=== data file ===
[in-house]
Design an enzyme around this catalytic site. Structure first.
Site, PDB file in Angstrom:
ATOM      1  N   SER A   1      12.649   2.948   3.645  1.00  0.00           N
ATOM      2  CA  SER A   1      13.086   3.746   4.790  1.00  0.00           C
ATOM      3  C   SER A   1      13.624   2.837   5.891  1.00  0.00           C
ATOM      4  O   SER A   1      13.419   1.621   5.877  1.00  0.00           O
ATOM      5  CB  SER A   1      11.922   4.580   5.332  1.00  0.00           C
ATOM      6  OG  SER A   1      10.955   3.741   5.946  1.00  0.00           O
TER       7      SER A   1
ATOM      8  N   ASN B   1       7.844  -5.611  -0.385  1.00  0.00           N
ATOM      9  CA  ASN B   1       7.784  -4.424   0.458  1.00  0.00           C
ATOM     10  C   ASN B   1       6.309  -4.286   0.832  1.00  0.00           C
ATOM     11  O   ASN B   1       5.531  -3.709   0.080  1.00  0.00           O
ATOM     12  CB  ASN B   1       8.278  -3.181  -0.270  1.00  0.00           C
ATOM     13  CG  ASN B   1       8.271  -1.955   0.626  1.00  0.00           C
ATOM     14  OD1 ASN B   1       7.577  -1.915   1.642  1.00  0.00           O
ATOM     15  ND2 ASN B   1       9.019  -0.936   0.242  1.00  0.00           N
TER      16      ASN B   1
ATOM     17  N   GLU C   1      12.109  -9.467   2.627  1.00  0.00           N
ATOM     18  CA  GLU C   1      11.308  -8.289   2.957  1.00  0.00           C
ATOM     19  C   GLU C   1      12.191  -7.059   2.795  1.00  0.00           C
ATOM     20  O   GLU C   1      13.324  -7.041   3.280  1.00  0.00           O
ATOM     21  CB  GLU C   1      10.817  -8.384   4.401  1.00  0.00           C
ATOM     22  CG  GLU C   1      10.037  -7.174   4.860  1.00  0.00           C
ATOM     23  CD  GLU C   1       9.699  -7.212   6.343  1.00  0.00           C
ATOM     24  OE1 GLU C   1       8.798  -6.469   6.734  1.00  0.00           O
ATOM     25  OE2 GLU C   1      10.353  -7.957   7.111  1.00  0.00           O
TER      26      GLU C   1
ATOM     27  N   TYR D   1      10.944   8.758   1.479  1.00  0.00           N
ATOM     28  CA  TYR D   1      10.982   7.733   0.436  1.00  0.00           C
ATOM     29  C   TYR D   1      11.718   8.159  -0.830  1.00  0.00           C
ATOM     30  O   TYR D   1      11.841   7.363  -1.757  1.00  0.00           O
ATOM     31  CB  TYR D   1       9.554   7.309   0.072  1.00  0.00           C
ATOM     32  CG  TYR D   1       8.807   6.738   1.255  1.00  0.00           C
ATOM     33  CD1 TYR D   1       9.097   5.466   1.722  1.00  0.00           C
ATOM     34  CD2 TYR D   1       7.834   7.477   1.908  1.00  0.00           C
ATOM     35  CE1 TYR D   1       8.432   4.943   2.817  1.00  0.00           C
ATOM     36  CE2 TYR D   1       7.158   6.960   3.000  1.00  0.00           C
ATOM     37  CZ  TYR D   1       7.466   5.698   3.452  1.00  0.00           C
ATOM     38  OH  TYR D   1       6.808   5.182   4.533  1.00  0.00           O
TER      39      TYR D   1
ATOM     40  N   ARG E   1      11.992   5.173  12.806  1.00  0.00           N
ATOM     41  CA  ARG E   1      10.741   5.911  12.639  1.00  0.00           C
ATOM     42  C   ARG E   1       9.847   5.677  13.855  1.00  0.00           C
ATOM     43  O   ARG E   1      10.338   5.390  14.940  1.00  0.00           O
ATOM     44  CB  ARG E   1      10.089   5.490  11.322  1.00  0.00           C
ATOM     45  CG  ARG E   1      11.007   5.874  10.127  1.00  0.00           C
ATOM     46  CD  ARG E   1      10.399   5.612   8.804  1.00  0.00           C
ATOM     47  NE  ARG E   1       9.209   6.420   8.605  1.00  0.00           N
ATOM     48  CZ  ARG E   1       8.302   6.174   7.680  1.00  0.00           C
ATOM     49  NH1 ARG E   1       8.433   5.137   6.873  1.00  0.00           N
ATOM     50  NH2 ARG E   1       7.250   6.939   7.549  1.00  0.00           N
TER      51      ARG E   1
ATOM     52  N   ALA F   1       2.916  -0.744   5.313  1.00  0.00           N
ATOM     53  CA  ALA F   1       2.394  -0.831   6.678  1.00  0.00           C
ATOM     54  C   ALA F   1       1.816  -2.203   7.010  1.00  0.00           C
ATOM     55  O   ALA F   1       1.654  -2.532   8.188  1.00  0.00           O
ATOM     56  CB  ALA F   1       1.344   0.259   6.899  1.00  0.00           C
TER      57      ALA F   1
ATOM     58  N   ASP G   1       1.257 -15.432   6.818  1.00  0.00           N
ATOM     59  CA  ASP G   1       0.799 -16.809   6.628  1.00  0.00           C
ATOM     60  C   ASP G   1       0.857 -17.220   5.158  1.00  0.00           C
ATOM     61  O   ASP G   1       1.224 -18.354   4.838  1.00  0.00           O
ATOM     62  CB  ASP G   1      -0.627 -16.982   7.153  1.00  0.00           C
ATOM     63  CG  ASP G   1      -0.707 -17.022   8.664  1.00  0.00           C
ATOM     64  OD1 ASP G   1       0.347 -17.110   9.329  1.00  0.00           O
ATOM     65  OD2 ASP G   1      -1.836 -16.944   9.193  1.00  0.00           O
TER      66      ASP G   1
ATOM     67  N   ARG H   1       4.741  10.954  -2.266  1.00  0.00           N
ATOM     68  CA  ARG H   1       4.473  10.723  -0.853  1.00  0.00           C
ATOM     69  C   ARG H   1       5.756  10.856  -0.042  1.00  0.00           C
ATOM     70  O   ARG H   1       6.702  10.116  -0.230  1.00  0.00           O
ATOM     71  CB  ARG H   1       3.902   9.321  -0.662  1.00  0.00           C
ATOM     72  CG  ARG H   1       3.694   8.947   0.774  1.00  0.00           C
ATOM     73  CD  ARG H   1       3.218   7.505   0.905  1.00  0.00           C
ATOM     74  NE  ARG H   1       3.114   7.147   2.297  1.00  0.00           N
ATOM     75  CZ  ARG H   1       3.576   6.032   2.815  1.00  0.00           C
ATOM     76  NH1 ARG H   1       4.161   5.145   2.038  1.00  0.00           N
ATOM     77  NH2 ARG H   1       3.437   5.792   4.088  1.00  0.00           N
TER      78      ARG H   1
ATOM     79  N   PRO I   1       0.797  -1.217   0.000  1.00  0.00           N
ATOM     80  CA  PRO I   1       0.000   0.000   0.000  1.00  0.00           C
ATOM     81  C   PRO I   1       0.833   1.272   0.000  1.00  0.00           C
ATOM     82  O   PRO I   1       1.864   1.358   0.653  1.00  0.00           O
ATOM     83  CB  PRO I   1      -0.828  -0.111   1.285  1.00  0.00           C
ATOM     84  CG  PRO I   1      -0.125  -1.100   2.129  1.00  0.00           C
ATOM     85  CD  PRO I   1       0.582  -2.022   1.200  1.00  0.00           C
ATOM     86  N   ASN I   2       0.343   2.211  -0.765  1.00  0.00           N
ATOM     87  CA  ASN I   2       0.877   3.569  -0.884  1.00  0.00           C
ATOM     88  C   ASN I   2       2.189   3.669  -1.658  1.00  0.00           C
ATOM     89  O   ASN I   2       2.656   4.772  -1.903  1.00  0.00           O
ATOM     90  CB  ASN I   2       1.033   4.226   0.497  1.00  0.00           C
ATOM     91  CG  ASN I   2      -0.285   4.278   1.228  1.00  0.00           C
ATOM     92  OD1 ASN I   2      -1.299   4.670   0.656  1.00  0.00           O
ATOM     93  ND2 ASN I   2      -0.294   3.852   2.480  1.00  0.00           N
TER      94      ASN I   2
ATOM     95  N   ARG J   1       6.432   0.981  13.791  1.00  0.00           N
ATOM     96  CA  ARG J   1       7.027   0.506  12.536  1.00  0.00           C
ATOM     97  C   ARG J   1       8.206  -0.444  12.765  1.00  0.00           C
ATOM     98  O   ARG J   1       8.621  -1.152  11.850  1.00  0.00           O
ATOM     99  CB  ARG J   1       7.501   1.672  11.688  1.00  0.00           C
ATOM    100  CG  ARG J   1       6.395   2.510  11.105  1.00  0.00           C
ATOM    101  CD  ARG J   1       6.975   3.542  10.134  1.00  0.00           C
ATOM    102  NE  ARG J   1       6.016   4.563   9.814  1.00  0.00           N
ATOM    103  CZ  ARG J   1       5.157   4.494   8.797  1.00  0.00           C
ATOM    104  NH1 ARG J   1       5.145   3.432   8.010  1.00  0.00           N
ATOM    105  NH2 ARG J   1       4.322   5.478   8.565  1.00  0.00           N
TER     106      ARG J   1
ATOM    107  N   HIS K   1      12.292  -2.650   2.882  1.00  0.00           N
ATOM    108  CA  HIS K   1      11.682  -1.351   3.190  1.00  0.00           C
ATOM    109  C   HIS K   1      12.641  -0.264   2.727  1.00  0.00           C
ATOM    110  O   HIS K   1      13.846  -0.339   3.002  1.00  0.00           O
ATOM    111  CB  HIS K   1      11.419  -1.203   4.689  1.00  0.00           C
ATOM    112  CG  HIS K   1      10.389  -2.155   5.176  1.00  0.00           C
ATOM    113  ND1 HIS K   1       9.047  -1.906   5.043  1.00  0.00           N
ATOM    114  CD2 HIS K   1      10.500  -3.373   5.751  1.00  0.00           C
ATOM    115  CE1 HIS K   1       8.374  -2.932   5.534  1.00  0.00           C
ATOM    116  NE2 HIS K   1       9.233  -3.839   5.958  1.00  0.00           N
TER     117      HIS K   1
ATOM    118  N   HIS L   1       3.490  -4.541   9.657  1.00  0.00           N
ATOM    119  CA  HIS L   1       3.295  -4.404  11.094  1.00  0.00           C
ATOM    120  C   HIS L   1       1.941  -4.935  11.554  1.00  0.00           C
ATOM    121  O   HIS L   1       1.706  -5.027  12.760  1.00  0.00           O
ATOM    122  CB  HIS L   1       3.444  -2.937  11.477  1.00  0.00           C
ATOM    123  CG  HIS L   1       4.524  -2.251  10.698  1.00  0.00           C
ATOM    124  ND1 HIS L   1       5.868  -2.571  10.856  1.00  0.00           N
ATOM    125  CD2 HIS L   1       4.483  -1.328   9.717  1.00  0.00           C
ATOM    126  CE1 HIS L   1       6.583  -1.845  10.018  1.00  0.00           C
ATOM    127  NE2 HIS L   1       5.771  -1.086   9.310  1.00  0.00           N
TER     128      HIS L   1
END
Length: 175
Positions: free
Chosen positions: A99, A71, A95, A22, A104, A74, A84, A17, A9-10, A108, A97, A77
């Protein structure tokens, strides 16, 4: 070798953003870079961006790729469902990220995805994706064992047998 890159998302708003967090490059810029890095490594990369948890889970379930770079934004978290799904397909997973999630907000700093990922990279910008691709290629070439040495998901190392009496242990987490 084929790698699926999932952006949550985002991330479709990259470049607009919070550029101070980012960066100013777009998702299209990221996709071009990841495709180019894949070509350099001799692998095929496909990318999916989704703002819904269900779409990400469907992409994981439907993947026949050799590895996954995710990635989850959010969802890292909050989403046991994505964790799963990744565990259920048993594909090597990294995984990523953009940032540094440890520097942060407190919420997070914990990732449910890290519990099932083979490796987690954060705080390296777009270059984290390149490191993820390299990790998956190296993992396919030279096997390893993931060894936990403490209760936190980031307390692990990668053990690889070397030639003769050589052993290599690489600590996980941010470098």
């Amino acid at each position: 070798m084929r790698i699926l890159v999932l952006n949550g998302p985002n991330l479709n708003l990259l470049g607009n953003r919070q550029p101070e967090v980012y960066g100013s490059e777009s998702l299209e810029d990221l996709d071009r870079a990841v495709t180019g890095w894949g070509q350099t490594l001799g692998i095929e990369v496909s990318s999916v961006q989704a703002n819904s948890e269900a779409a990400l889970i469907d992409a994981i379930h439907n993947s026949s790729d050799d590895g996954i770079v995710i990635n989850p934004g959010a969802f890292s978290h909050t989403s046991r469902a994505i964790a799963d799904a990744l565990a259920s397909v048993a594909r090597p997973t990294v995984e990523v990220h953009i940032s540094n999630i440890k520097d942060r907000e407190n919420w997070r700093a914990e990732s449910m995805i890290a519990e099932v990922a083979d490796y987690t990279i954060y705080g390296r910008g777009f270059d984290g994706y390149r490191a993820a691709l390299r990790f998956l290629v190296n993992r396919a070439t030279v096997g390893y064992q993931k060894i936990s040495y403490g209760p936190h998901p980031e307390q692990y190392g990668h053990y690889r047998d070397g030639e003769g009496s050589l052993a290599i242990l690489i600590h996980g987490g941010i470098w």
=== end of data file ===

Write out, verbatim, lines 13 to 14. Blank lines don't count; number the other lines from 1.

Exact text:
ATOM     10  C   ASN B   1       6.309  -4.286   0.832  1.00  0.00           C
ATOM     11  O   ASN B   1       5.531  -3.709   0.080  1.00  0.00           O